Alain Besré, Fromagerie Atwater, often called the godfather of the Québec artisan cheese movement

Jersey Blue, Städtlichäsi Lichtensteig:
A 100% Jersey cow’s milk cheese from Switzerland made by Willi Schmid. So beautiful you almost don’t want to eat it, just gaze at it. But, mamma mia, when it gets into your mouth! What a cheese, WHAT a cheese! —Russell Gammon, Executive Secretary, Jersey Canada

Cone de Port Aubry and Vacherin de Savoie, Maison Mons – Fromager Affineur:
Two treasures from maître affineur Hervé Mons.
—Julia Rogers, Cheese Educator, Cheese Culture

Le Foin d’Odeur, La Moutonniere:
Soft surface-ripened sheep’s milk, sweet, mushroomy and herbacious. When ripe, like licking buttered popcorn from your fingertips!
—Vanessa Simmons, Cheese Sommelier, Savvy Company

Monforte Dairy Cottage Cheese:
Georgous small cream colour curds that play on your tongue like caviar and are so fresh they sqeek lightly on your teeth.
Andy Shay, Cheese Consultant

At CheeseLover.ca, the most memorable moment in cheese of 2010 came when we first tasted Vacherin Mont d’Or, a singular seasonal cheese of Switzerland that delivers an amazing explosion of aroma and taste—so rich, so gooey.

Other taste hits:

Miranda, Fromagerie Fritz Kaiser:
Cheesemaker Fritz Kaiser, who kick-started the Quebec artisanal cheese movement in the 1980s, says Miranda is one of the many cheeses he produces that he’s most proud of. That says a lot, when one considers he makes Le Douanier, Port Royal, Raclette, La Soeur Angele, Le Saint Paulin, among others. We especially liked the rustic flavours of Miranda.

Celtic Blue, Glengarry Fine Cheese, and Bleu d’Elizabeth, Fromagerie du Presbytère: Two very different blue cheeses that demonstrate how far blues made in Canada have come since the days Roquefort ruled. Three cheers for Blue Canada!

Empire Cheddar, 7-year, Empire Butter & Cheese:
There are so many fine older cheddars made in Canada, but Empire’s oldest offering stands out in memories of cheese tasted during 2010.

—Georgs Kolesnikovs, Cheese-head-in-chief at CheeseLover.ca, wonders what outstanding cheeses he’ll encounter in the New Year.

Good cheese hunting: Day 10, at the Canadian Grand Prix

Significant Other and I are so excited at the prospect of Formula 1 racing starting in 20 minutes that we wolf down most of our Hercule de Charlevoix before we think of taking a photo for the blog. Which explains the only image (above) we have of this wonderful Quebec cheese.

L’Hercule de Charlevoix was named after Jean-Baptiste Grenon from Baie-Saint-Paul whose physical strength was said to be phenomenal. Made prisoner by General Wolfe’s troops during the summer of 1759, Grenon was released by the English soldiers who were incapable of controlling the Charlevoix strongman. So the legend goes.

Steve Essiembre and Stéphanie Simard of Ferme Stessi with one of their 30 Jersey cows.

L’Hercule is a classic firm cheese made with raw milk from the 30 Jersey cows of the Ferme Stessi, a mere hundred yards from cheesemaker Laiterie Charlevoix, The curds are cooked, pressed and ripened, normally, for 6 to 18 months. Our Hercule had been aged a full 24 months and showed it in complexity.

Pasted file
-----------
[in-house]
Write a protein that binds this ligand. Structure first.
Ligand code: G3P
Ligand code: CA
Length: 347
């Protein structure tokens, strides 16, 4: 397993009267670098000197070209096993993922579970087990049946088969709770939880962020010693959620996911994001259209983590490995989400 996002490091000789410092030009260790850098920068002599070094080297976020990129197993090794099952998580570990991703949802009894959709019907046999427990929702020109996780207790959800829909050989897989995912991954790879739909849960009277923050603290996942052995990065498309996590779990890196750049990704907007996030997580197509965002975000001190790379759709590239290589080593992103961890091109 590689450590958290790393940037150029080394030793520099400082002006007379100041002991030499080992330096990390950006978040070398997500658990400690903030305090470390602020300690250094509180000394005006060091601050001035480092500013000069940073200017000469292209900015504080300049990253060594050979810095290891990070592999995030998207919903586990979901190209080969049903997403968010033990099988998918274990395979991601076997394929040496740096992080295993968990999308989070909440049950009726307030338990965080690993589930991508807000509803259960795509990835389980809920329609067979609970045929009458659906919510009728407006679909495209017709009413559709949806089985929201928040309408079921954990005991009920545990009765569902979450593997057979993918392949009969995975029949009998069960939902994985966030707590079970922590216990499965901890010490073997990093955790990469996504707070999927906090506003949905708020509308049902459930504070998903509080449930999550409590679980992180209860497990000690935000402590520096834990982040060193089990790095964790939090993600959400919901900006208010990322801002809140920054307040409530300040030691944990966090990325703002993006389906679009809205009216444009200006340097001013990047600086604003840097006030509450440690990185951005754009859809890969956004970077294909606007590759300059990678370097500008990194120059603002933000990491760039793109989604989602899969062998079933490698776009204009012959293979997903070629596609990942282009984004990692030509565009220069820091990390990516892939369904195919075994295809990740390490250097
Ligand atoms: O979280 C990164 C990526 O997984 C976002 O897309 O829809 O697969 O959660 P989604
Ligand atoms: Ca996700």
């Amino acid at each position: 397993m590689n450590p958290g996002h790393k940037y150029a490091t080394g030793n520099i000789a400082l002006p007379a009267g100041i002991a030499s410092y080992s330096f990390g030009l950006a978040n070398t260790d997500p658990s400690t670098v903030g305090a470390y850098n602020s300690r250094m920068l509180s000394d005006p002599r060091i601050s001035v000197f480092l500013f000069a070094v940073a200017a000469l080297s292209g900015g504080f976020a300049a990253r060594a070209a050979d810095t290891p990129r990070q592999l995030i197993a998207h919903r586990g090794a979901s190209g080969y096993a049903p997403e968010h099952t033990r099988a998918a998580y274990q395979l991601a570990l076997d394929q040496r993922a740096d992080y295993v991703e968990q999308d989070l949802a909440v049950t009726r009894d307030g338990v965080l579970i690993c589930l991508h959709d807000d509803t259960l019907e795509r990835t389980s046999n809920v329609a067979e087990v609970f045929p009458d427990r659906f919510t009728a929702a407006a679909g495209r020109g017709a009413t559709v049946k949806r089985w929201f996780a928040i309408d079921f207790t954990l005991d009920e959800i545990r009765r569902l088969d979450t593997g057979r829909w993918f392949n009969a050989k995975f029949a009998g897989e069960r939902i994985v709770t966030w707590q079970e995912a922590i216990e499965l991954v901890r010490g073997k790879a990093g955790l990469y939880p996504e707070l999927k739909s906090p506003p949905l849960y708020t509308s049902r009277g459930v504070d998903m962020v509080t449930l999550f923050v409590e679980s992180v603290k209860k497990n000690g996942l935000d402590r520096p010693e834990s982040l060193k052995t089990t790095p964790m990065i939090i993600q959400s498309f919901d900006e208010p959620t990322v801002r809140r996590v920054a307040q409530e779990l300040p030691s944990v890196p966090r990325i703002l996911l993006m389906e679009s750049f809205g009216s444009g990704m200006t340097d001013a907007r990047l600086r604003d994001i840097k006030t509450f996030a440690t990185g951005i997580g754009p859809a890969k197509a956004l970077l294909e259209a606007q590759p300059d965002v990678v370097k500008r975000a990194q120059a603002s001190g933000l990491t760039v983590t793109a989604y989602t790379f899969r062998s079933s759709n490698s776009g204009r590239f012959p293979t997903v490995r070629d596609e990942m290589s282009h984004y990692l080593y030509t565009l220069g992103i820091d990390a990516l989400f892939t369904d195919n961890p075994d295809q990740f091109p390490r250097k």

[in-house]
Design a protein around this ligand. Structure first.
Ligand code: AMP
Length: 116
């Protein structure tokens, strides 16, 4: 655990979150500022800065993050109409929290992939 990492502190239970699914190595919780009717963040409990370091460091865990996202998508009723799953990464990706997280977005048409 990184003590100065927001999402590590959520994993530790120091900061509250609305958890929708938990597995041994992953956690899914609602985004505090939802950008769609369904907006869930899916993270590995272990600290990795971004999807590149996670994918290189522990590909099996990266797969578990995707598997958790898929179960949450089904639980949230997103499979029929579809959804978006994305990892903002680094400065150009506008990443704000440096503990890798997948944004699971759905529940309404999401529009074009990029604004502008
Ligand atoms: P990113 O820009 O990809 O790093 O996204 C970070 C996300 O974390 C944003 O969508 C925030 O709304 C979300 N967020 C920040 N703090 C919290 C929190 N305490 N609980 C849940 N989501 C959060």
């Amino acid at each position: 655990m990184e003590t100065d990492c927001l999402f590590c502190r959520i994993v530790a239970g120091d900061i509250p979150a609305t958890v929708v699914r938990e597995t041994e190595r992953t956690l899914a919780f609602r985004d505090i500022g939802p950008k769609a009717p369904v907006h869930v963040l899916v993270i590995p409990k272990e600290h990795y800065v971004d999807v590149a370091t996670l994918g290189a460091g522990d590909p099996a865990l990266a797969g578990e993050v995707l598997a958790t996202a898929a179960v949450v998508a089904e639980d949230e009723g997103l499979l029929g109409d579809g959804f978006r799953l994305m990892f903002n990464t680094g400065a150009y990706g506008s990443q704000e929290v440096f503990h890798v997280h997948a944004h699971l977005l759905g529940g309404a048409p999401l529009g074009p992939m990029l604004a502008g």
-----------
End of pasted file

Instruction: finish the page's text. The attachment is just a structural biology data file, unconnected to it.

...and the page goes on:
The result is a cheese that is somewhat reminiscent of Swiss Gruyere but much more earthy, with a nice nutty finish. Writing in The Globe and Mail, Sue Riedl had this to say about Hercule:

The flavour and supple texture of the cheese gives a nod to such greats as French Comté and Swiss Gruyère. The younger cheese is mild with a fruity aroma and sweet flavour, followed by a tangy finish. By 18 months the aroma is creamier and more complex, and the sharper finish has mellowed to a full, nutty finale that is enhanced by the earthy, toasted flavour of the rind. These traits and its larger wheel size (12-14 kilograms) make L’Hercule de Charlevoix a unique style of cheese in Canada.

Laiterie Charlevoix also produces Le Fleurmier, Le Vieux Charlevoix, available in Ontario, as is L’Hercule, and Le Cheddar Charlevoix, sold only in Charlevoix. Our Hercule came from Fromagerie Atwater in Montreal. ($4.10/100g)

Our plan was to make the Hercule the only of cheese of this day, but after Lewis Hamilton, boyfriend of Pussycat Doll Nicole Scherzinger, won the Grand Prix we feel the urge to celebrate. Off to Montreal’s Latin Quarter we go where, at La Brioche Lyonnaise, Significant Other has a delightful vegetarian crepe—nicely layered with Emmentaler.

After a long day at Circuit Gilles Villeneuve, she is famished and, again, we forget to take a photo.

—Georgs Kolesnikovs

Georgs Kolesnikovs is Cheese-Head-in-Chief at CheeseLover.ca.

Good cheese hunting: Day 6, arrival in Montreal

Once we hit Montreal, it didn’t take us long to find our way to Atwater Market.

Quebec brie oozes from our ham sandwich at Première Moisson, an excellent bakery and café in the market—and many other locations across Montreal.

I know, I know, it isn't cheese but le paté canard et son fois gras was incredibly good at Première Moisson.

La fromagerie Atwater, which carries some 750 varieties of cheese, has served as a cornerstone of the artisan cheese movement in Quebec for two decades.

Sylvie, cheesemonger par excellence at Fromagerie Atwater, introduced us to four new-to-us Quebec cheeses which we'll report on in due course.

Related links: